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Britain Celebrates Royal Wedding


From NPR News, this is ALL THINGS CONSIDERED. I'm Melissa Block.

MICHELE NORRIS: And I'm Michele Norris. They're partying inside Buckingham Palace. Prince William and Kate Middleton, now the duke and duchess of Cambridge, were married today, and the festivities are still going on.

NPR's Philip Reeves followed the day's events, and he sent us this report.

PHILIP REEVES: Few institutions in the world are better at grand ceremonial occasions than the British monarchy. This one was flawless. Queen Elizabeth walked into Westminster Abbey to this.

(Soundbite of music)

REEVES: Then the Rolls-Royce drew up and out stepped Kate Middleton, finally revealing her ivory and white satin wedding dress.

(Soundbite of singing)

REEVES: The aisle was lined with trees and guests, some 1,900 in all.

(Soundbite of singing)

REEVES: It's hard to be intimate with the whole world watching. This couple managed it. They gazed into each other's eyes and repeated the wedding vows.

Prince WILLIAM ARTHUR PHILIP LOUIS: ...for better, for worse...

Archbishop ROWAN WILLIAMS (Canterbury): ...for richer, for poorer...

Prince WILLIAM: ...for richer, for poorer...

Ms. CATHERINE ELIZABETH MIDDLETON: ...till death us do part...

Archbishop WILLIAMS: ...according to God's holy law...

Ms. MIDDLETON: ...according to God's holy law...

REEVES: They were married by the archbishop of Canterbury.

Archbishop WILLIAMS: I pronounce that they be man and wife together in the name of the Father and of the Son and of the Holy Ghost. Amen.

REEVES: With that, a big cheer went up from the crowd outside, under a gray unreliable sky. The address was by the bishop of London, Richard Chartres.

Bishop RICHARD CHARTRES (London): Many people are fearful of the prospects for our world. But the message of the celebrations in this country and far beyond its shores is the right one. This is a joyful day.

REEVES: The House of Windsor has been through rocky times recently. It's lived through scandals, divorces and, above all, the death of Princess Diana. Remember the scolding anger of Diana's brother, Earl Spencer, at her funeral? Today, the Earl was before the cameras again.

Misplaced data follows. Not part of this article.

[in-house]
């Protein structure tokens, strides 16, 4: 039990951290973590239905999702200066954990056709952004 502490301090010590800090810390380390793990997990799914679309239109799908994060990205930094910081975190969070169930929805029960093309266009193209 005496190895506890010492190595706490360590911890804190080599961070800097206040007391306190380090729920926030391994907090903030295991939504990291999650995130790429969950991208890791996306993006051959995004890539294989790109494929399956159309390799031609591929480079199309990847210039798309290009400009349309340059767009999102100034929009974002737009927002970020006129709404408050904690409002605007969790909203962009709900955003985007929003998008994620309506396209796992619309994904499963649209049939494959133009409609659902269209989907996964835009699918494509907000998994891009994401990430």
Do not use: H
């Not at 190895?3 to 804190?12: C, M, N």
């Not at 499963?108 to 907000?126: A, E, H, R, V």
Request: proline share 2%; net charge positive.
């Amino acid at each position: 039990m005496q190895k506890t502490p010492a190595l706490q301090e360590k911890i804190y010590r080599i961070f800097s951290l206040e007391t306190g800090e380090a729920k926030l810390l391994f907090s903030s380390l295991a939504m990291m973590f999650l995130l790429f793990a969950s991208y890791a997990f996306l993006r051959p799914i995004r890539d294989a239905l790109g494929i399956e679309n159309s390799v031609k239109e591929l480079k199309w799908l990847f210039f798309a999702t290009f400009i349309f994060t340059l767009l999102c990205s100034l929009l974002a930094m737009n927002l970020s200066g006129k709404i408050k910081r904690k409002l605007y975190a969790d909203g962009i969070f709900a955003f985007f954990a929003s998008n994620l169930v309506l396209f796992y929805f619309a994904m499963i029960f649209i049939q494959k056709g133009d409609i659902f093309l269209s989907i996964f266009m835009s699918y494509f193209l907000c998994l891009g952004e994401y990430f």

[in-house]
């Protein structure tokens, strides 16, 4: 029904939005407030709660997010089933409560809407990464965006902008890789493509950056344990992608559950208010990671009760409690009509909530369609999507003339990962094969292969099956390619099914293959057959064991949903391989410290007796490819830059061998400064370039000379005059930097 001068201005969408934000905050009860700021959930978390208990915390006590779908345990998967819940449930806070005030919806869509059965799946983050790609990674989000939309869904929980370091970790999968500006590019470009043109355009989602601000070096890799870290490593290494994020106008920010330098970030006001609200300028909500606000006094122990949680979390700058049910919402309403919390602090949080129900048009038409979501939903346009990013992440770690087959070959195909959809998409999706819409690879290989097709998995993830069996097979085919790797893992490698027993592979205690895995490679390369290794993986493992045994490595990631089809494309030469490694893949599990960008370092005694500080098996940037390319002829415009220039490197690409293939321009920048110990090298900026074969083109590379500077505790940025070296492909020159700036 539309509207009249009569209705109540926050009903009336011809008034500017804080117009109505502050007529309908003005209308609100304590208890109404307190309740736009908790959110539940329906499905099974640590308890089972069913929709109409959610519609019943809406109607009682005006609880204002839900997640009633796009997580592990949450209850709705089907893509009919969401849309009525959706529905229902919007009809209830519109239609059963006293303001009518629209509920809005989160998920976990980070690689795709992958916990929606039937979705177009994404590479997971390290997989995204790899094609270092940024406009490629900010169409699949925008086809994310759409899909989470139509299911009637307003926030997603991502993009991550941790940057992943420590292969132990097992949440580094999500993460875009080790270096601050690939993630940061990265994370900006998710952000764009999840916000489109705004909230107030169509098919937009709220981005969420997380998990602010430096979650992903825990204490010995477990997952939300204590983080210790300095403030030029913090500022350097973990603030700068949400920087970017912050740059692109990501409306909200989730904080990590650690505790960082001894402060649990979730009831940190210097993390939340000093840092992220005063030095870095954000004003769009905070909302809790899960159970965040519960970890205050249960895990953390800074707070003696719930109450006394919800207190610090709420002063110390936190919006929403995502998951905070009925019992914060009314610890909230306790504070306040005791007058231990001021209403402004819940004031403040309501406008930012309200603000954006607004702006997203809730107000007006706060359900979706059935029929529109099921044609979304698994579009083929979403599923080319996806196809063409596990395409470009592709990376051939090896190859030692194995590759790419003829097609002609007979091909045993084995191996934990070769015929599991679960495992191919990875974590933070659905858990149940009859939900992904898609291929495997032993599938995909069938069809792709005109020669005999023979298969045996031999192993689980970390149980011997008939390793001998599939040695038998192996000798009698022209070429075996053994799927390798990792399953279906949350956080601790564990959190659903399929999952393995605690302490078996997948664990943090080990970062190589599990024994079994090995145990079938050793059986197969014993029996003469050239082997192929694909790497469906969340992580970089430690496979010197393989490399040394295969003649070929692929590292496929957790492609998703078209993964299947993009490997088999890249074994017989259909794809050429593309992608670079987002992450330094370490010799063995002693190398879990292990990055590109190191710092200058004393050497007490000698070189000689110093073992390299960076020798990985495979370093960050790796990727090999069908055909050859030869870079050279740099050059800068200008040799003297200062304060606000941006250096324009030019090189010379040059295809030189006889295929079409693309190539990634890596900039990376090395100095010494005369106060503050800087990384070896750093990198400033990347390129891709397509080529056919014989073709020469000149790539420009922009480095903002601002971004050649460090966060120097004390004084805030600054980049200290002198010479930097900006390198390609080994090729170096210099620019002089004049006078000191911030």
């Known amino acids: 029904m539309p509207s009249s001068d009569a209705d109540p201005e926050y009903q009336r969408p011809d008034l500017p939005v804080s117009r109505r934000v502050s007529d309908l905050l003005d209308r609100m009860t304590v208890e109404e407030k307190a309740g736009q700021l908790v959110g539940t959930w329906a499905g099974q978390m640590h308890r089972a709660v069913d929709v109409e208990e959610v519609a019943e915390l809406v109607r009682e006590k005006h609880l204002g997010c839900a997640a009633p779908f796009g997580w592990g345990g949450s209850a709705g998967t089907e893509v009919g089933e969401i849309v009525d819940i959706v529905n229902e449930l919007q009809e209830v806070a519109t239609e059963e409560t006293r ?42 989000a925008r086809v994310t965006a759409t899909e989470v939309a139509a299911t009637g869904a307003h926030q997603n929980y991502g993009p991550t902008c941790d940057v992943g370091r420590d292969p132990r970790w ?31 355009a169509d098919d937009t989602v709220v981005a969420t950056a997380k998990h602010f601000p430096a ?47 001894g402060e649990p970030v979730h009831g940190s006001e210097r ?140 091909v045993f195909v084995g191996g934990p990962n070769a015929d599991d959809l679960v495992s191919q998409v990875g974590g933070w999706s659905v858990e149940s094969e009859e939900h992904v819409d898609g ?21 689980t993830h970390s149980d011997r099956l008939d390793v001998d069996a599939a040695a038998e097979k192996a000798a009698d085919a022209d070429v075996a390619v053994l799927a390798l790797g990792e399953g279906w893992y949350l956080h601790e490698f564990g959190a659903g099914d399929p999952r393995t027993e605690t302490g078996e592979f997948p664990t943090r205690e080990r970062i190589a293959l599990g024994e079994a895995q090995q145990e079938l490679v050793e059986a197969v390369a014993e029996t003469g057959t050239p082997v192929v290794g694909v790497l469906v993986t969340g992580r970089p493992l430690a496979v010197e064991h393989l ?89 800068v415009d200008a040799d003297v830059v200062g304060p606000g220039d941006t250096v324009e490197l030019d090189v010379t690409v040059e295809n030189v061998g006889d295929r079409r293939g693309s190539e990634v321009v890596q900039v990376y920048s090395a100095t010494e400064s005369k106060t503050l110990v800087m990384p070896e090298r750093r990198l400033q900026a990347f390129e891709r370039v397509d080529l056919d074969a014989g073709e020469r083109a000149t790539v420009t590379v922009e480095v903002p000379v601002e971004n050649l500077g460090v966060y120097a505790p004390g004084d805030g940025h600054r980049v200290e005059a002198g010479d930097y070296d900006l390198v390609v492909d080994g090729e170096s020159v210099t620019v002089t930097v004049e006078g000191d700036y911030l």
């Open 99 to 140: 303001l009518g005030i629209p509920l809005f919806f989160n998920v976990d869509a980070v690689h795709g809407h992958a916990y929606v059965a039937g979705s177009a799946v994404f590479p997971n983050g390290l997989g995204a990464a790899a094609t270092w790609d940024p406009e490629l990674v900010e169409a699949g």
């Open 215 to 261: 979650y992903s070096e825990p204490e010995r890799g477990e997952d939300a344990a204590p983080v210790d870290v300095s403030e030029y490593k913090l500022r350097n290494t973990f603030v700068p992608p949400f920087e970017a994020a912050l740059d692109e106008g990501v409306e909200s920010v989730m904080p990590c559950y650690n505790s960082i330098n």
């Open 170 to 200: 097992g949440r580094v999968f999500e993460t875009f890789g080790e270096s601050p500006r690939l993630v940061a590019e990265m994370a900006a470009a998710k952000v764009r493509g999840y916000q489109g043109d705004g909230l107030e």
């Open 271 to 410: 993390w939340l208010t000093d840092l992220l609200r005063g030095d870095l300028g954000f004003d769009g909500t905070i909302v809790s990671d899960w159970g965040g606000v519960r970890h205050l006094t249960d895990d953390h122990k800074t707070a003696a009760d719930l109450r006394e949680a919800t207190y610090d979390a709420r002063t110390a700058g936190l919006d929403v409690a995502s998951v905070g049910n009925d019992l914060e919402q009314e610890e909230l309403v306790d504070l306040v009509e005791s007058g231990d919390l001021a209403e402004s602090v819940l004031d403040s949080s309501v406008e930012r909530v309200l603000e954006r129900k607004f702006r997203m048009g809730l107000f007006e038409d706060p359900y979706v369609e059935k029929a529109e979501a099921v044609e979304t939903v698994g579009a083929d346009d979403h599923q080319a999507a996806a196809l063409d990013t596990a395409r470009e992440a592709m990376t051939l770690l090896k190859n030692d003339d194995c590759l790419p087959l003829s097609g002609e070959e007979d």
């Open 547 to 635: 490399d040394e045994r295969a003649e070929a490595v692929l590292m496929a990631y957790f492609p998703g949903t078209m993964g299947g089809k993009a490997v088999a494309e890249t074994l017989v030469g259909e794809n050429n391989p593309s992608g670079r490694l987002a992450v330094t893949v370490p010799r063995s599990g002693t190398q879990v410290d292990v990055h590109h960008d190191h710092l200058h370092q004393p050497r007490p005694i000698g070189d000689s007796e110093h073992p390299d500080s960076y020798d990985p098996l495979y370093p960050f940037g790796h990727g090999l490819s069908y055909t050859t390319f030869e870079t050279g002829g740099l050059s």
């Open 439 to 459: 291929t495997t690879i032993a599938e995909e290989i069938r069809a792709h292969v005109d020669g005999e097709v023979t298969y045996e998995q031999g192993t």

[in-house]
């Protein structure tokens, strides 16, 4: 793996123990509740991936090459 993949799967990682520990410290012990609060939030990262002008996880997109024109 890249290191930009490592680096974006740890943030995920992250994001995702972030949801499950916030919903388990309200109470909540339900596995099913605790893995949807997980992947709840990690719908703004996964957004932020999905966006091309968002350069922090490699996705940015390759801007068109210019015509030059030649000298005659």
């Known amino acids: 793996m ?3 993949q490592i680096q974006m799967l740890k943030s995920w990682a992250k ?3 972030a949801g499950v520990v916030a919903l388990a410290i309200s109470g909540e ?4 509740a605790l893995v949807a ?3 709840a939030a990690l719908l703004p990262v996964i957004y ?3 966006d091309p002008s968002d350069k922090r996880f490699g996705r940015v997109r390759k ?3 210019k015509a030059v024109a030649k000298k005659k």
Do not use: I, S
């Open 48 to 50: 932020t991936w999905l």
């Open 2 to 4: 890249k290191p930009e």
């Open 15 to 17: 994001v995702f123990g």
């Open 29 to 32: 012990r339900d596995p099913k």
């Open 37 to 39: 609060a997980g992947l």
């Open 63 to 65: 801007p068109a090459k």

Unidentified Man: It's incredibly beautiful, wasn't it?

Earl CHARLES EDWARD MAURICE SPENCER: Very moving. And the only downside on a perfect day was Diana not being there, but what a wonderful day of celebrations. Thank you.

REEVES: An open horse-drawn carriage conveyed the newlyweds smiling and waving from the abbey to reception at Buckingham Palace. A flag-waving multitude surged up to the palace and gathered outside, waiting for this.

(Soundbite of cheering)

REEVES: A kiss on the palace balcony, not one but two. Then there was a surprise. The couple drove out of the palace in an open-topped Aston Martin, trailing balloons. Their destination was Prince Charles' residence very close by.

Jenny Frasier(ph) from New York watched the day from a vantage point above the abbey.

Ms. JENNY FRASIER: I think I'll just remember how exciting it was to be able to see Kate come out of the car for the first time because we were just interested so much what exactly she will be wearing and, you know, thinking about it and talking about it. And just actually seeing it all come together, it was just - it was truly magical.

(Soundbite of music)

REEVES: Britain's monarchy has many detractors. It's considered by some to be arcane and politically irrelevant. Today, the world saw a dazzling pageant: Beefeaters, mounted cavalrymen, buglers and clerics and much more. But it also saw a couple in love, a warm smiling queen, a mischievous best man, Harry, and grins even from the crusty, old Duke of Edinburgh. If there was a time when this unusual institution was threatened with abolition, it's past, at least for now.

Philip Reeves, NPR News, London. Transcript provided by NPR, Copyright NPR.

NPR transcripts are created on a rush deadline by an NPR contractor. This text may not be in its final form and may be updated or revised in the future. Accuracy and availability may vary. The authoritative record of NPR’s programming is the audio record.

Philip Reeves is an award-winning international correspondent covering South America. Previously, he served as NPR's correspondent covering Pakistan, Afghanistan, and India.
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